Does 10,000 hours make a cross stitch master?

Everyone has heard the old adage of 10,000 hours of practice makes you a master, however, how true is this?

Thanks to the sheer size of cross stitch its no wonder that 10,000 hours are a possibility, however, I doubt that a large proportion of people ever stitch that much. As a result, the remainder that do, could be classed as masters, but whats my hour count?
Time to do the math.

Year 1-3:
20 (4 hour every weekday) + 16 hours (weekend) = 36 hours
x 50 (average weeks a year negating holidays) = 1800
x 3 (years = 5400
Year 4-6:
5 (1 hour every weekday) + 16 hours (weekend) = 21 hours
x 50 (average weeks a year negating holidays) = 1050
x 3 (years = 3150

Total: 8550

So I’m not a master. Well, it shouldn’t shock you to see that this isn’t the first time I’ve done that calculation. However within a year I will be, and so this begs the question; will I be a master soon?
The basics were covered off easily, within the first few weeks, maybe 50 hours. So for the remaining 8500 hours, I’ve been doing nothing but practice. There are no badges like Pokemon to check your master status, and so we have to look at other identifiers.

Ash Ketchum still hasn’t won the Pokemon League, even with 58 badges…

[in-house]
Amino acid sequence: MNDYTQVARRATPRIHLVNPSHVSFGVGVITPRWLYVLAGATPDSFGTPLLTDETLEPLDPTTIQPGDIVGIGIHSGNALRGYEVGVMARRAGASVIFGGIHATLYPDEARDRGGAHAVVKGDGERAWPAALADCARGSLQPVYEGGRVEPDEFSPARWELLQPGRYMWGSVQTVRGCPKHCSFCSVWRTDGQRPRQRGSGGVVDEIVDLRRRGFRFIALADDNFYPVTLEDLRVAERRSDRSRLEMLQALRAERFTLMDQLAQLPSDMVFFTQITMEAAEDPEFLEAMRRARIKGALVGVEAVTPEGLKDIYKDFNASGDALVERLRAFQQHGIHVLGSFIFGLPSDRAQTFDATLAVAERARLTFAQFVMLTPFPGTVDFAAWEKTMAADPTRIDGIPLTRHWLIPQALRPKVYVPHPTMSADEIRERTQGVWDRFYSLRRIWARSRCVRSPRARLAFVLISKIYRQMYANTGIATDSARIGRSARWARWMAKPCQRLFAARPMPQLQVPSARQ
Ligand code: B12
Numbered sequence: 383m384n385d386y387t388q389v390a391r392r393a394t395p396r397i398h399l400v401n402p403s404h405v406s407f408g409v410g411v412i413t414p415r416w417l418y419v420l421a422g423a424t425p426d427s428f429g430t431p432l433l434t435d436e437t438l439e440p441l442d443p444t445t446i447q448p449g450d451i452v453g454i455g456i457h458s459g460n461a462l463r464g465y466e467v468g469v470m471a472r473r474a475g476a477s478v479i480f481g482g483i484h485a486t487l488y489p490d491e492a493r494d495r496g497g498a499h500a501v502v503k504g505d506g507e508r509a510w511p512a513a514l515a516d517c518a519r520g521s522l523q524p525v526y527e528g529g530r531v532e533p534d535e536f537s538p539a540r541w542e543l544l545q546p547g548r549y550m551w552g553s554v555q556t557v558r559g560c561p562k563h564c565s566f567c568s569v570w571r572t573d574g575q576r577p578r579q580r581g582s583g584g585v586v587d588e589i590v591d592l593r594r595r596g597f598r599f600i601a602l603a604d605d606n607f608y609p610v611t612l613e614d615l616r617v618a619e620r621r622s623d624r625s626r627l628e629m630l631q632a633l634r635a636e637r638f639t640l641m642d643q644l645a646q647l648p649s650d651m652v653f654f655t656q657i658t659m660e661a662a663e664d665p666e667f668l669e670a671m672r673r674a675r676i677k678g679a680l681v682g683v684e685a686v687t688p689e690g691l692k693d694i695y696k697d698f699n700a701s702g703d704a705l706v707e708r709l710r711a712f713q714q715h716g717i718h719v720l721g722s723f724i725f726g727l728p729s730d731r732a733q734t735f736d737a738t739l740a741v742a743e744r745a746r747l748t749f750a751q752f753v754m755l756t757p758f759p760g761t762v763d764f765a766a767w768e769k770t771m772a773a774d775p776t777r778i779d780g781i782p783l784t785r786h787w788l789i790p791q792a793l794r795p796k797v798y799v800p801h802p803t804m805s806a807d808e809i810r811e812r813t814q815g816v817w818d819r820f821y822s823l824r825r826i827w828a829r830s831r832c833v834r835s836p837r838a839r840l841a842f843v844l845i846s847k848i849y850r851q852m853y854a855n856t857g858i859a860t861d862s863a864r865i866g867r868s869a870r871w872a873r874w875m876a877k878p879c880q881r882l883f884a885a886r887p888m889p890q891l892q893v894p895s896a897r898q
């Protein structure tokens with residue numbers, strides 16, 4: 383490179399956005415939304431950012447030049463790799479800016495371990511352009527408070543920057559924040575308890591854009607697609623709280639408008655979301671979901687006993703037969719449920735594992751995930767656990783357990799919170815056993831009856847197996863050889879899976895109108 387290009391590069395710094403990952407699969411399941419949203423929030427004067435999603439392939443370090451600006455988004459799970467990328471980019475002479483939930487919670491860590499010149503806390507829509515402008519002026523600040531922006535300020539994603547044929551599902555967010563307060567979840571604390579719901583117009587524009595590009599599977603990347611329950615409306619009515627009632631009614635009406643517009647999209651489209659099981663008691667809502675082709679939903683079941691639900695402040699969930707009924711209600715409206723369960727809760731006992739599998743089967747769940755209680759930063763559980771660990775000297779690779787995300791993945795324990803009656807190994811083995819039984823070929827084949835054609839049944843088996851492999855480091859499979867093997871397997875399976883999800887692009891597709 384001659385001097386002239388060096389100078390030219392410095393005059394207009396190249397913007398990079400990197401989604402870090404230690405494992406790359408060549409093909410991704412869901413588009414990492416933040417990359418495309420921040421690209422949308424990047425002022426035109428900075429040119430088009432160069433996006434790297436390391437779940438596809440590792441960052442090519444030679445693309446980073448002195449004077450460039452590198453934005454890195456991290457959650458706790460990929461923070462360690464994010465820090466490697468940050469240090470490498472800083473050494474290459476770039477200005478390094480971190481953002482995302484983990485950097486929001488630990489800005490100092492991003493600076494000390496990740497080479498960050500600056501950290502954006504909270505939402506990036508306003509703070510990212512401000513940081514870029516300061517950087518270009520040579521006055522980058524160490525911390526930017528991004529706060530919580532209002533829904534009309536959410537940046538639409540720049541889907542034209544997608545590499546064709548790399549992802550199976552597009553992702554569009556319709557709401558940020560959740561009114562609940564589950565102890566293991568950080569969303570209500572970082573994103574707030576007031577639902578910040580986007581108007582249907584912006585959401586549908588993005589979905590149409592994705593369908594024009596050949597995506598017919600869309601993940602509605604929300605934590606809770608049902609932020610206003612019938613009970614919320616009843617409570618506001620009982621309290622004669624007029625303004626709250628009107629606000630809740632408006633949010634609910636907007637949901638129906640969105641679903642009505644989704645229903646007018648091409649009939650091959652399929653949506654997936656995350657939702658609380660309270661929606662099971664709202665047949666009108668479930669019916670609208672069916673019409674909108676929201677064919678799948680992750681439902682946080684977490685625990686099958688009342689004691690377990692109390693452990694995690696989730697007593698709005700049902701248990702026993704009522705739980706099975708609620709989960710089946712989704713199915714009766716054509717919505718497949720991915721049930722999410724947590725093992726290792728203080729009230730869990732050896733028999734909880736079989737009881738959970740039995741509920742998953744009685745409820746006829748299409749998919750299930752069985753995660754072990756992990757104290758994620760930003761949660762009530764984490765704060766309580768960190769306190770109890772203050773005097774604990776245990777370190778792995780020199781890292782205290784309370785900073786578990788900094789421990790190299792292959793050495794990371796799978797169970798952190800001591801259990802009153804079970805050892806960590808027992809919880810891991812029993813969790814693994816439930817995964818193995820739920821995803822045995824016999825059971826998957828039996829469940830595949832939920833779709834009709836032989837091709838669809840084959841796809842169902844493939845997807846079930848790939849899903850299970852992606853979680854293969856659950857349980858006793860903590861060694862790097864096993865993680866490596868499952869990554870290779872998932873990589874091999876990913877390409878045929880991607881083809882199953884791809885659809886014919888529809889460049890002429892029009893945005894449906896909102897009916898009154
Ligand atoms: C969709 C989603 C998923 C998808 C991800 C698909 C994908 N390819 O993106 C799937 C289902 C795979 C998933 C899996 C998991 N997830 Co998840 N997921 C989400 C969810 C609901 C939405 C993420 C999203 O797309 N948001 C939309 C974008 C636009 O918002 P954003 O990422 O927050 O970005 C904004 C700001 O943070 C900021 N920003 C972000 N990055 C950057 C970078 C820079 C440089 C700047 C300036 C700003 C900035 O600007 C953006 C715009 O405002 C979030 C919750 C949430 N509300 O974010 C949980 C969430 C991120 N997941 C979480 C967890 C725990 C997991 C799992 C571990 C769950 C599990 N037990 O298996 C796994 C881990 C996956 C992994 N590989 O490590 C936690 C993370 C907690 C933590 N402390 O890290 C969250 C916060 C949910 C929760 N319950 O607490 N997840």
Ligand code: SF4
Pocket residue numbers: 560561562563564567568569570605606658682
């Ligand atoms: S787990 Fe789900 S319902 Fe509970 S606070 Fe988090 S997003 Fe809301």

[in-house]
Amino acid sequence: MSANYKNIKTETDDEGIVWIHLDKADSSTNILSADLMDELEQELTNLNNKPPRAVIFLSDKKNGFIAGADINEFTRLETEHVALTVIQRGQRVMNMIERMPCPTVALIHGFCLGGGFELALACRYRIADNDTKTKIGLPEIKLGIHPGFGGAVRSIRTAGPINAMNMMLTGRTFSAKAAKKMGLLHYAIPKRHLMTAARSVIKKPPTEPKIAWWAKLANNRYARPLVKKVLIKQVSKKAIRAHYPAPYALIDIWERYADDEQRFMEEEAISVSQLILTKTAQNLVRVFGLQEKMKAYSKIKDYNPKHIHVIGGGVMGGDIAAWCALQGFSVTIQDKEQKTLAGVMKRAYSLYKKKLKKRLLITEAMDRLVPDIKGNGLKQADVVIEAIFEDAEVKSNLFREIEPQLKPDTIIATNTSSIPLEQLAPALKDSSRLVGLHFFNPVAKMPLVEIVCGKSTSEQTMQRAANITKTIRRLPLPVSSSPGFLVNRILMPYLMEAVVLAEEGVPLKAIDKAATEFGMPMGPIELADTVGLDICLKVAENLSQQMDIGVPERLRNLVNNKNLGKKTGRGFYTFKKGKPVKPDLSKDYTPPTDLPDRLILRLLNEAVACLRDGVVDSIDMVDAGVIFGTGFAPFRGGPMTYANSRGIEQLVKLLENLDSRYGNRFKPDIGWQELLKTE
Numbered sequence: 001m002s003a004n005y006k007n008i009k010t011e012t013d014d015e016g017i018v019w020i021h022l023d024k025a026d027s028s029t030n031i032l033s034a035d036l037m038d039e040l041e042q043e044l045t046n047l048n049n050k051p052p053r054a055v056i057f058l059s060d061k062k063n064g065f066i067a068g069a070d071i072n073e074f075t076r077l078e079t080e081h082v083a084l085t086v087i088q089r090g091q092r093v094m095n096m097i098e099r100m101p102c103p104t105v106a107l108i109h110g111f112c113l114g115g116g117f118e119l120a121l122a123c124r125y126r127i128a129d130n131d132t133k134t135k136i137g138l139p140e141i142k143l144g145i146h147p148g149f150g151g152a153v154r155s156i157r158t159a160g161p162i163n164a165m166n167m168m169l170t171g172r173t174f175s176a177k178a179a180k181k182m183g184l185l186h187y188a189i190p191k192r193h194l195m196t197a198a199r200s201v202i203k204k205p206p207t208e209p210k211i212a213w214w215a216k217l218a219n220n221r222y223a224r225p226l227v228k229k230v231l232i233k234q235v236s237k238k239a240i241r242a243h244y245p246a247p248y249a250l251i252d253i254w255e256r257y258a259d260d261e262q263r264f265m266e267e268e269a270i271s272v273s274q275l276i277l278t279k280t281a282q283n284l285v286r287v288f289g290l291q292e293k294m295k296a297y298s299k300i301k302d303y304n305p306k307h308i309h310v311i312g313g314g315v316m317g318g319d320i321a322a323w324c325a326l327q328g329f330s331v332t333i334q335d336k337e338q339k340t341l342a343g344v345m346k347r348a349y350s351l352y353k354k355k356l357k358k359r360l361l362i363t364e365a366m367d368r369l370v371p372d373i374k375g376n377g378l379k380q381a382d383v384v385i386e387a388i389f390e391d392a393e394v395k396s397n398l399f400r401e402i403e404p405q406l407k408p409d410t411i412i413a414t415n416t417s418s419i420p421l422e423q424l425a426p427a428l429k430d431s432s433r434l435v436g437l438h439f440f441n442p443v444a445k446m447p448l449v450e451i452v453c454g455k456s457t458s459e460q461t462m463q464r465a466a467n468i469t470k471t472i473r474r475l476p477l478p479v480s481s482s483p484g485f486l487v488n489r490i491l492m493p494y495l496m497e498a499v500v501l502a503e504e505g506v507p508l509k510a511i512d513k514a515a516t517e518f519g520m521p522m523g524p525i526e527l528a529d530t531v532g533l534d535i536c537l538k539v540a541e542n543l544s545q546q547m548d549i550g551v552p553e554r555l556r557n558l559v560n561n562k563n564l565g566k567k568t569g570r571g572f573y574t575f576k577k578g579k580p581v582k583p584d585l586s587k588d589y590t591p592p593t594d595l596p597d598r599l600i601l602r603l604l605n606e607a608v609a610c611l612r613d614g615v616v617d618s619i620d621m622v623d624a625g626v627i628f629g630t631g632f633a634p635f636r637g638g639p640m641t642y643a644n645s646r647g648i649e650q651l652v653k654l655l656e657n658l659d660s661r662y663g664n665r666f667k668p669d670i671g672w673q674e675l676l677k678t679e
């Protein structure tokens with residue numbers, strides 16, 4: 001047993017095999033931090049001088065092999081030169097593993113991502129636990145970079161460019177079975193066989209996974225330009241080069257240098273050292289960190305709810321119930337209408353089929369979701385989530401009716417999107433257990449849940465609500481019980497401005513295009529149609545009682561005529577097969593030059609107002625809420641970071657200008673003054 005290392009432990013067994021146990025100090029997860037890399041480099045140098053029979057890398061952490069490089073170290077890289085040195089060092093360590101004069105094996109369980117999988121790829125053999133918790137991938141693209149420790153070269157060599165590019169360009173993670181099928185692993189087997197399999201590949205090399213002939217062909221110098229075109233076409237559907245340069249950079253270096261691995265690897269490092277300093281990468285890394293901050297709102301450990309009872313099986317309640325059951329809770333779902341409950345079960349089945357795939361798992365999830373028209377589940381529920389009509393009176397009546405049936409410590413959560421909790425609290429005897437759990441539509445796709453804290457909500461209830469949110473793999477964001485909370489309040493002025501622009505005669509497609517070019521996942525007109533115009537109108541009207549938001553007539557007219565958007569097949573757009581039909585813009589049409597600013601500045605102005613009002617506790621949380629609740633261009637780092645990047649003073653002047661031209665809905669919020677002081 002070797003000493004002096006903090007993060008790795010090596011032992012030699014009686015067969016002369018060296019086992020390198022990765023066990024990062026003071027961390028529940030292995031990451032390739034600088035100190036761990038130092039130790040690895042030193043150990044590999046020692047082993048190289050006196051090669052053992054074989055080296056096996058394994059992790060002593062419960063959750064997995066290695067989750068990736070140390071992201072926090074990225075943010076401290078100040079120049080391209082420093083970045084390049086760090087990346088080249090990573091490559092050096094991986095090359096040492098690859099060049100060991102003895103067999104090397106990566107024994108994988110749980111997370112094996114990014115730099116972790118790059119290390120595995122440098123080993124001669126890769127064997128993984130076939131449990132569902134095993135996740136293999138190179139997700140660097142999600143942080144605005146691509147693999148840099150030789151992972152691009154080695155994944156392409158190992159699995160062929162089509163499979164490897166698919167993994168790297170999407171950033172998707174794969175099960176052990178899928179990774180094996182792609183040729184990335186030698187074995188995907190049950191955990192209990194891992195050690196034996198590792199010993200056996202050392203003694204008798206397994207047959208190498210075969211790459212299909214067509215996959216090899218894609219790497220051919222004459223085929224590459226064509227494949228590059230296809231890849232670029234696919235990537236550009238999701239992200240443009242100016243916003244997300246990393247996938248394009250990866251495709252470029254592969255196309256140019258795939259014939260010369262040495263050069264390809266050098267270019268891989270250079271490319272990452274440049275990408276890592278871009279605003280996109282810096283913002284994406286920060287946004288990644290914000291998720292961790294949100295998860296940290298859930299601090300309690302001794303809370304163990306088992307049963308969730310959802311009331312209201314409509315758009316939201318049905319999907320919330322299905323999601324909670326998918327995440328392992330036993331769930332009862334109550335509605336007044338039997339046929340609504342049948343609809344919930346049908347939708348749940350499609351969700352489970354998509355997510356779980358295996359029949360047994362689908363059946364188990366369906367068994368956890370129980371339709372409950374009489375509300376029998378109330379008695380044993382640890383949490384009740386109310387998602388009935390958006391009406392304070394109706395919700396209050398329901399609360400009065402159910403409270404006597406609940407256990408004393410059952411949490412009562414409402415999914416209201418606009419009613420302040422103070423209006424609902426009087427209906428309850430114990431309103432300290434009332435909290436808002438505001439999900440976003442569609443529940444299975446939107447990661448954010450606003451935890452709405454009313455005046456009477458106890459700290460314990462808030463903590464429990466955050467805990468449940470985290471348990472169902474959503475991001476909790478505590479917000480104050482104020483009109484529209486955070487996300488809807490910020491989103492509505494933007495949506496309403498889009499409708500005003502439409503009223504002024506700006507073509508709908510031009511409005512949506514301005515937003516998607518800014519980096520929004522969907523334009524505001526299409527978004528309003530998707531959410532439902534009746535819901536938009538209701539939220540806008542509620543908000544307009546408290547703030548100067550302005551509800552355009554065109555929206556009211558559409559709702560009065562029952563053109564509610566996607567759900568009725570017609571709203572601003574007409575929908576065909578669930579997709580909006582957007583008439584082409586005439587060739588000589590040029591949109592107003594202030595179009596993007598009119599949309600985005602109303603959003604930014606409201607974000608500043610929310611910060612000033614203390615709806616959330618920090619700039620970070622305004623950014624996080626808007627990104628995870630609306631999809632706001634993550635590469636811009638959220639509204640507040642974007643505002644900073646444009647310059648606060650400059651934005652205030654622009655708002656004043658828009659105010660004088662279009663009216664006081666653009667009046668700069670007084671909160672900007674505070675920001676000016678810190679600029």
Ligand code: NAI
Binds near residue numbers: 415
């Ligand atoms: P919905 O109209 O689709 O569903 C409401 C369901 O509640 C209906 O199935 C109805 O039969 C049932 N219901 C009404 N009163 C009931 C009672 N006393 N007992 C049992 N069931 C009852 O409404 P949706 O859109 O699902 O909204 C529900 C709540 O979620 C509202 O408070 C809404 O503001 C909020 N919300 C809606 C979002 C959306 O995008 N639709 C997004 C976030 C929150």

I’ve been lucky enough to have been in 5 shows, work on a book, work on another book, be part of 5 publications and have another book deal. But none of these actually prove I’m any good at what I do, just that I can promote myself well. And so what other identifiers can you look at?

Well, for starters I still haven’t learned how to do a french knot. I only really started ending my threads correctly a year ago. But I make all my own patterns and pick colors by eye.

However in my mind, those 10,000 hours need to be used correctly. It’s not about the practice, its pushing the boundaries. I’ve played with transforming cross stitch, made stereoscopic cross stitch, made tattoos, blueprints and made perspective altering pieces; and I think its these I wear as badges of honor. My way to being a master.

That said; I still won’t class myself as a master. I think that’s the thing. To be a master you need to never stop trying to improve. I learnt that from Jiro.

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